Crooked Capital investors conned clients out of £18 million

A CROOKED company director who conned investors out of £18 million has been jailed for seven years.

Thursday, 24th November 2016, 11:12 am
Updated Tuesday, 29th November 2016, 9:30 am
Stephen Farley jailed for Ponzi-scheme scam

Stephen Farley was portrayed as “a whizz kid on the stock market” by staff but one man who was briefly employed as an investment director by his firm quickly came to the conclusion that he did not know what he was talking about in relation to financial matters and was incompetent.

Farley, 57, induced investors to sink money into his firm to trade on the foreign exchange market in a Ponzi scheme, paying returns to some clients from fresh capital injected by new investors and financing his own luxury existence.

The suave crook ran his business from St Andrew Square, decked out with banks of screens showing financial information and a £10,000 bronze statue of a bull.

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Farley invited clients to seats in the Royal Box at Ascot with a stay at the Ritz hotel and helicopter and Rolls-Royce transfers, the High Court in Edinburgh heard.

Guests were put up in suites at the London hotel, £17,000 paid for the flights to the raceground for 12 people and more than £18,000 spent on the hospitality package including food and champagne.

Farley, who lives in Newtongrange, spent £1600 on champagne at an exclusive London restaurant and picked up the bill for £3359 at Le Gavroche eatery.

In turn he was treated to a weekend at Gleneagles Hotel for golf and drinks by investors to thank him for “all the money they were making”, said advocate depute Alan Mackay. Farley also used the firm’s accounts to purchase two Bentleys at more than £270,000, paid a nearly £300,000 deposit on the Old Mill House at Dalkeith, and instructed an architect to prepare drawings for £2.5m of work on the property including a £60,000 security fence.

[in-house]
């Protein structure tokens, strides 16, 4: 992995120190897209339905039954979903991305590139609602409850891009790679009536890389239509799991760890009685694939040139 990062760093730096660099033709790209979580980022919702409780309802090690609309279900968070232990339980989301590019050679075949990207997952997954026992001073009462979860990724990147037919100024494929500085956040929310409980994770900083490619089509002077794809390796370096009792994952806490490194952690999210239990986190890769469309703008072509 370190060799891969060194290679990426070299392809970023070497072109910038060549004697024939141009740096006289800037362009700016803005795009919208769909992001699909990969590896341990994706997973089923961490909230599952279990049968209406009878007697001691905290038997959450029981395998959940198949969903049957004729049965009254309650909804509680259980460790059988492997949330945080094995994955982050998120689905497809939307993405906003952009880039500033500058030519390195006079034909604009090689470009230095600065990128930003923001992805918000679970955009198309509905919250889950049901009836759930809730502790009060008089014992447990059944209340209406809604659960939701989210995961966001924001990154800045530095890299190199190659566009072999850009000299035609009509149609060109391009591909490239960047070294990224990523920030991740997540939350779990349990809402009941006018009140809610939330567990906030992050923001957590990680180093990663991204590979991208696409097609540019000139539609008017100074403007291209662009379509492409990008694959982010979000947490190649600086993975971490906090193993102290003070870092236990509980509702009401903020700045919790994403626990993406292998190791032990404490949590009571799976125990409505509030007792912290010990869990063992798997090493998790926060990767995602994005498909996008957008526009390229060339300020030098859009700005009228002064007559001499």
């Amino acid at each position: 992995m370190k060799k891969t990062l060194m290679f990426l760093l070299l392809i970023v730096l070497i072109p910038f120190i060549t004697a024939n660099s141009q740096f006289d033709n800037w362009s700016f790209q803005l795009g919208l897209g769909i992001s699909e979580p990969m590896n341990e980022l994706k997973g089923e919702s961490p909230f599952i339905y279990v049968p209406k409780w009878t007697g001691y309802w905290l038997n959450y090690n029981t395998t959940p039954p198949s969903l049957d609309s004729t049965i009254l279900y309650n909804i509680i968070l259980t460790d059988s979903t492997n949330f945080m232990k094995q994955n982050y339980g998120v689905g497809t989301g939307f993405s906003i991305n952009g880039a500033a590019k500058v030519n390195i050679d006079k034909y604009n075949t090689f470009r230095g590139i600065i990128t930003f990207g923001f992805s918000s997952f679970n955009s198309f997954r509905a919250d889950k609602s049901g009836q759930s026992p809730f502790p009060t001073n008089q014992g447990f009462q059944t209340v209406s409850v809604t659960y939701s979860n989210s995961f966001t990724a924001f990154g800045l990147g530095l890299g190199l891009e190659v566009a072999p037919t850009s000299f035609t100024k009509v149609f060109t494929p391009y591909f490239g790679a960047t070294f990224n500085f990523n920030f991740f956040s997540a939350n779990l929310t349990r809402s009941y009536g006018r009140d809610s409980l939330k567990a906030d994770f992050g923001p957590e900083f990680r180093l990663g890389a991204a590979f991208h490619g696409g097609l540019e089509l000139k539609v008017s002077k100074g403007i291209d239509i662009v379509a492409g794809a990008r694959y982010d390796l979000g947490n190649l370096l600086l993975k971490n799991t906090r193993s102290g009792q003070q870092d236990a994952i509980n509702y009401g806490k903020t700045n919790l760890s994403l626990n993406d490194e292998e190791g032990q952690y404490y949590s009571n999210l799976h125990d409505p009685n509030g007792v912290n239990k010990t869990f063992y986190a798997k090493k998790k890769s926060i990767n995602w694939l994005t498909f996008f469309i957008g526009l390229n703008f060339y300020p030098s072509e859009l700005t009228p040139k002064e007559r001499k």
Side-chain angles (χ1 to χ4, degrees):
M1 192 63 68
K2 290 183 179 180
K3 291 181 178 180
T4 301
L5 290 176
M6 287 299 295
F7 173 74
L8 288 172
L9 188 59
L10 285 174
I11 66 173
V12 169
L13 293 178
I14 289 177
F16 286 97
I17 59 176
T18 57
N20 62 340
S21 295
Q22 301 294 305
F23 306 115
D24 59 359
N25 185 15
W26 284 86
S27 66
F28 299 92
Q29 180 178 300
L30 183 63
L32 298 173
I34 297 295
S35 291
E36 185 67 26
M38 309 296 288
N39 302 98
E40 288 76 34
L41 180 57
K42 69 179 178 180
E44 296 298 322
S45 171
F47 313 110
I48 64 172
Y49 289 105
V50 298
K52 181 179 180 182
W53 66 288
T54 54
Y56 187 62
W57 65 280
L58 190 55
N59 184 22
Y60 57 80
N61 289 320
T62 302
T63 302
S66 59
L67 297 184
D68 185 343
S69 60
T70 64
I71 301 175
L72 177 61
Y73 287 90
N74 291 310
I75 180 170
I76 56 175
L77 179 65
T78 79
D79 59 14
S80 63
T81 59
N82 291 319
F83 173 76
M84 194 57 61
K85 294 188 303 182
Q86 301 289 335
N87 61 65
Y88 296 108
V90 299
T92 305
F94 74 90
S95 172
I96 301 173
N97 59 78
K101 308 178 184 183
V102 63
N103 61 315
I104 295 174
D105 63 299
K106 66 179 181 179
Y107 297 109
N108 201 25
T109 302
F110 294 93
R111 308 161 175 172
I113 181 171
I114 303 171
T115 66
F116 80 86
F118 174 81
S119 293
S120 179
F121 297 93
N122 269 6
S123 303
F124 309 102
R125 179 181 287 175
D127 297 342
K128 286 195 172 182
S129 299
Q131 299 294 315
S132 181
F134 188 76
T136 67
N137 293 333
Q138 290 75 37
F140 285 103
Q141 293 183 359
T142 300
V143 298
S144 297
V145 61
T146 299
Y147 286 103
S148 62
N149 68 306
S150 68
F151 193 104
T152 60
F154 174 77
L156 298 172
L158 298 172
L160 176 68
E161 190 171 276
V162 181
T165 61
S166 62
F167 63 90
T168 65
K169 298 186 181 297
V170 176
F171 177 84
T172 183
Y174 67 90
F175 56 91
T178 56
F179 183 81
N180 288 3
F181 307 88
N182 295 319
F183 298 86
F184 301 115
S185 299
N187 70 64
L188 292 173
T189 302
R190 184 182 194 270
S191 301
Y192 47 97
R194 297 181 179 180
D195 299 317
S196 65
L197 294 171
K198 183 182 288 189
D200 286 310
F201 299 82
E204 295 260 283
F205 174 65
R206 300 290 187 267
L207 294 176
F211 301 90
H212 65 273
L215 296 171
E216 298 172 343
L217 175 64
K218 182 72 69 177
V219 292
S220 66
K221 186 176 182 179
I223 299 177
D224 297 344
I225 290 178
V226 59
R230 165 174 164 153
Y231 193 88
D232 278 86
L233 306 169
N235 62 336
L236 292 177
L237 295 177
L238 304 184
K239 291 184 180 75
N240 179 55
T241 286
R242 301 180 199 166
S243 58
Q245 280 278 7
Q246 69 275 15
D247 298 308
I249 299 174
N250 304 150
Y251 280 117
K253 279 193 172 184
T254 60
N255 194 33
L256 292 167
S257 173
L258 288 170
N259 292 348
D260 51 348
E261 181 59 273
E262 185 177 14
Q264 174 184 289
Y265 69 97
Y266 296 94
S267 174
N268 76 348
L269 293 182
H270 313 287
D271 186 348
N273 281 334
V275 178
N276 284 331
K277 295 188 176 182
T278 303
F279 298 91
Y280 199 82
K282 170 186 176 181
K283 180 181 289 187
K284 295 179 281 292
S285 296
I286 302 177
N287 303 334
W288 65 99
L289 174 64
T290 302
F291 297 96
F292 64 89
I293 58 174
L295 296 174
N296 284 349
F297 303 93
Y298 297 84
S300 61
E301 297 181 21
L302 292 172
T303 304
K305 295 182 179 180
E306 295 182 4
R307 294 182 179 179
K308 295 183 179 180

A judge told Farley: “This was a complex and detailed fraudulent scheme which involved elaborate deception.”

Lady Scott told him: “Very significant sums of money were involved.”

She said Farley was an educated man who had the opportunity to make something of his life but had chosen to apply himself to weaving a web of deceit.

She told him he would have been jailed for nine years for the offence, but the sentence would be reduced to take account of his guilty plea and the delay in proceedings.

Defence solicitor advocate John Scott QC said that Farley’s ultimate plan had been to set up a private bank.

He told the court: “He has got nothing now. He has made his way here from the council property he stays in Newtongrange.”